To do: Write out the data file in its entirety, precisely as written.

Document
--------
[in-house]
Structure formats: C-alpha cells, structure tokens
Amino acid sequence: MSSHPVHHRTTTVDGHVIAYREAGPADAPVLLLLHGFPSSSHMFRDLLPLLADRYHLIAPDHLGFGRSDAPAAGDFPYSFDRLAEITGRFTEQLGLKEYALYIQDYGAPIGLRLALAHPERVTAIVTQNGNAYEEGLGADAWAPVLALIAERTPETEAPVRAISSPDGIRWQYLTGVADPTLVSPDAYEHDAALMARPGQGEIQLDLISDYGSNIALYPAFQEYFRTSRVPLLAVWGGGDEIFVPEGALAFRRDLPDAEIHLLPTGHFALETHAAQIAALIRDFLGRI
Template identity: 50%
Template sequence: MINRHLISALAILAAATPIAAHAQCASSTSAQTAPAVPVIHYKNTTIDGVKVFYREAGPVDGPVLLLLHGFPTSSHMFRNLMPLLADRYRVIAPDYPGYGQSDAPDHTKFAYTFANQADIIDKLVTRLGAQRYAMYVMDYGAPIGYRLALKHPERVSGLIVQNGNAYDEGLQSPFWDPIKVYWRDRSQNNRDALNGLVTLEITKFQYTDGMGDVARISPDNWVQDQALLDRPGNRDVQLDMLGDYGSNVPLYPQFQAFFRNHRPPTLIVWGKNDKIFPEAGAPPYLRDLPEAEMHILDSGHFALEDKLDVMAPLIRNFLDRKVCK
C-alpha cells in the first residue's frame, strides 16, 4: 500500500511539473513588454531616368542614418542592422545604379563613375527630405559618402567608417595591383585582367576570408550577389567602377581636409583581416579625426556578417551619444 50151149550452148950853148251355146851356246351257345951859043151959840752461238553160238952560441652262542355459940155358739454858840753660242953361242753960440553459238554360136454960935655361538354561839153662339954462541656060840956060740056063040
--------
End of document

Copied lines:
[in-house]
Structure formats: C-alpha cells, structure tokens
Amino acid sequence: MSSHPVHHRTTTVDGHVIAYREAGPADAPVLLLLHGFPSSSHMFRDLLPLLADRYHLIAPDHLGFGRSDAPAAGDFPYSFDRLAEITGRFTEQLGLKEYALYIQDYGAPIGLRLALAHPERVTAIVTQNGNAYEEGLGADAWAPVLALIAERTPETEAPVRAISSPDGIRWQYLTGVADPTLVSPDAYEHDAALMARPGQGEIQLDLISDYGSNIALYPAFQEYFRTSRVPLLAVWGGGDEIFVPEGALAFRRDLPDAEIHLLPTGHFALETHAAQIAALIRDFLGRI
Template identity: 50%
Template sequence: MINRHLISALAILAAATPIAAHAQCASSTSAQTAPAVPVIHYKNTTIDGVKVFYREAGPVDGPVLLLLHGFPTSSHMFRNLMPLLADRYRVIAPDYPGYGQSDAPDHTKFAYTFANQADIIDKLVTRLGAQRYAMYVMDYGAPIGYRLALKHPERVSGLIVQNGNAYDEGLQSPFWDPIKVYWRDRSQNNRDALNGLVTLEITKFQYTDGMGDVARISPDNWVQDQALLDRPGNRDVQLDMLGDYGSNVPLYPQFQAFFRNHRPPTLIVWGKNDKIFPEAGAPPYLRDLPEAEMHILDSGHFALEDKLDVMAPLIRNFLDRKVCK
C-alpha cells in the first residue's frame, strides 16, 4: 500500500511539473513588454531616368542614418542592422545604379563613375527630405559618402567608417595591383585582367576570408550577389567602377581636409583581416579625426556578417551619444 50151149550452148950853148251355146851356246351257345951859043151959840752461238553160238952560441652262542355459940155358739454858840753660242953361242753960440553459238554360136454960935655361538354561839153662339954462541656060840956060740056063040